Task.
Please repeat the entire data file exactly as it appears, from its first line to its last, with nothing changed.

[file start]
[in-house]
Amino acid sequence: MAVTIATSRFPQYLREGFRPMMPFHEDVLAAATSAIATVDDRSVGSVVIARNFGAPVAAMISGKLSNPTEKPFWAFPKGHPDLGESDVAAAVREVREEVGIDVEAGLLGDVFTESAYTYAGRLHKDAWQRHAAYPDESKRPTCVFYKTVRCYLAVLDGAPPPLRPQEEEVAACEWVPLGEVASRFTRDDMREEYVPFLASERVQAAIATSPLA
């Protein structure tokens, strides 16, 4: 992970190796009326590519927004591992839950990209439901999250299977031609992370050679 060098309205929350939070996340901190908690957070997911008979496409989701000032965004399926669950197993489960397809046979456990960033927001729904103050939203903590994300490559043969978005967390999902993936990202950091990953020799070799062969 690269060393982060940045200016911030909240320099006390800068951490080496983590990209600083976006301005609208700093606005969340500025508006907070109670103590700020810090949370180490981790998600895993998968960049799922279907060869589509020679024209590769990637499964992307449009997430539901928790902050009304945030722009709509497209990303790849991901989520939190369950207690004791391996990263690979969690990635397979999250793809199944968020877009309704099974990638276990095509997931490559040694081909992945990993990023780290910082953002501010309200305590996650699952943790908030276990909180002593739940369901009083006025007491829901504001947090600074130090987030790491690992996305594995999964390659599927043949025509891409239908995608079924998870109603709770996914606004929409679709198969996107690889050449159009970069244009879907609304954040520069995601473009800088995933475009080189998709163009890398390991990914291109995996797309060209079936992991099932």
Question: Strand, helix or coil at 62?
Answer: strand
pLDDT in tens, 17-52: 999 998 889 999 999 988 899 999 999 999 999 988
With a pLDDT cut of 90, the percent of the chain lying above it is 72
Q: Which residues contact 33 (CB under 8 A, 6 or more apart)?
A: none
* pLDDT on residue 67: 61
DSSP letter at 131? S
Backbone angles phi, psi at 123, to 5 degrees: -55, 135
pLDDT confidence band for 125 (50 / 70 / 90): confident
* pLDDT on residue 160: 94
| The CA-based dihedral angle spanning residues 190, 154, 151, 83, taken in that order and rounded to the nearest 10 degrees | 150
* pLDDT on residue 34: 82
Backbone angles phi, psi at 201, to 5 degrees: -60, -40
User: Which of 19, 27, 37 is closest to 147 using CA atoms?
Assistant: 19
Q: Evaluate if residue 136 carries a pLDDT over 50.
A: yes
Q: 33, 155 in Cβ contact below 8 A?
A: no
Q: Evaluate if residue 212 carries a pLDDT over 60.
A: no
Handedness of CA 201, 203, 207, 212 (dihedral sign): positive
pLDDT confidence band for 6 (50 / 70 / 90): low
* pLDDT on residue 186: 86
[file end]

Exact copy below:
[in-house]
Amino acid sequence: MAVTIATSRFPQYLREGFRPMMPFHEDVLAAATSAIATVDDRSVGSVVIARNFGAPVAAMISGKLSNPTEKPFWAFPKGHPDLGESDVAAAVREVREEVGIDVEAGLLGDVFTESAYTYAGRLHKDAWQRHAAYPDESKRPTCVFYKTVRCYLAVLDGAPPPLRPQEEEVAACEWVPLGEVASRFTRDDMREEYVPFLASERVQAAIATSPLA
């Protein structure tokens, strides 16, 4: 992970190796009326590519927004591992839950990209439901999250299977031609992370050679 060098309205929350939070996340901190908690957070997911008979496409989701000032965004399926669950197993489960397809046979456990960033927001729904103050939203903590994300490559043969978005967390999902993936990202950091990953020799070799062969 690269060393982060940045200016911030909240320099006390800068951490080496983590990209600083976006301005609208700093606005969340500025508006907070109670103590700020810090949370180490981790998600895993998968960049799922279907060869589509020679024209590769990637499964992307449009997430539901928790902050009304945030722009709509497209990303790849991901989520939190369950207690004791391996990263690979969690990635397979999250793809199944968020877009309704099974990638276990095509997931490559040694081909992945990993990023780290910082953002501010309200305590996650699952943790908030276990909180002593739940369901009083006025007491829901504001947090600074130090987030790491690992996305594995999964390659599927043949025509891409239908995608079924998870109603709770996914606004929409679709198969996107690889050449159009970069244009879907609304954040520069995601473009800088995933475009080189998709163009890398390991990914291109995996797309060209079936992991099932």
Question: Strand, helix or coil at 62?
Answer: strand
pLDDT in tens, 17-52: 999 998 889 999 999 988 899 999 999 999 999 988
With a pLDDT cut of 90, the percent of the chain lying above it is 72
Q: Which residues contact 33 (CB under 8 A, 6 or more apart)?
A: none
* pLDDT on residue 67: 61
DSSP letter at 131? S
Backbone angles phi, psi at 123, to 5 degrees: -55, 135
pLDDT confidence band for 125 (50 / 70 / 90): confident
* pLDDT on residue 160: 94
| The CA-based dihedral angle spanning residues 190, 154, 151, 83, taken in that order and rounded to the nearest 10 degrees | 150
* pLDDT on residue 34: 82
Backbone angles phi, psi at 201, to 5 degrees: -60, -40
User: Which of 19, 27, 37 is closest to 147 using CA atoms?
Assistant: 19
Q: Evaluate if residue 136 carries a pLDDT over 50.
A: yes
Q: 33, 155 in Cβ contact below 8 A?
A: no
Q: Evaluate if residue 212 carries a pLDDT over 60.
A: no
Handedness of CA 201, 203, 207, 212 (dihedral sign): positive
pLDDT confidence band for 6 (50 / 70 / 90): low
* pLDDT on residue 186: 86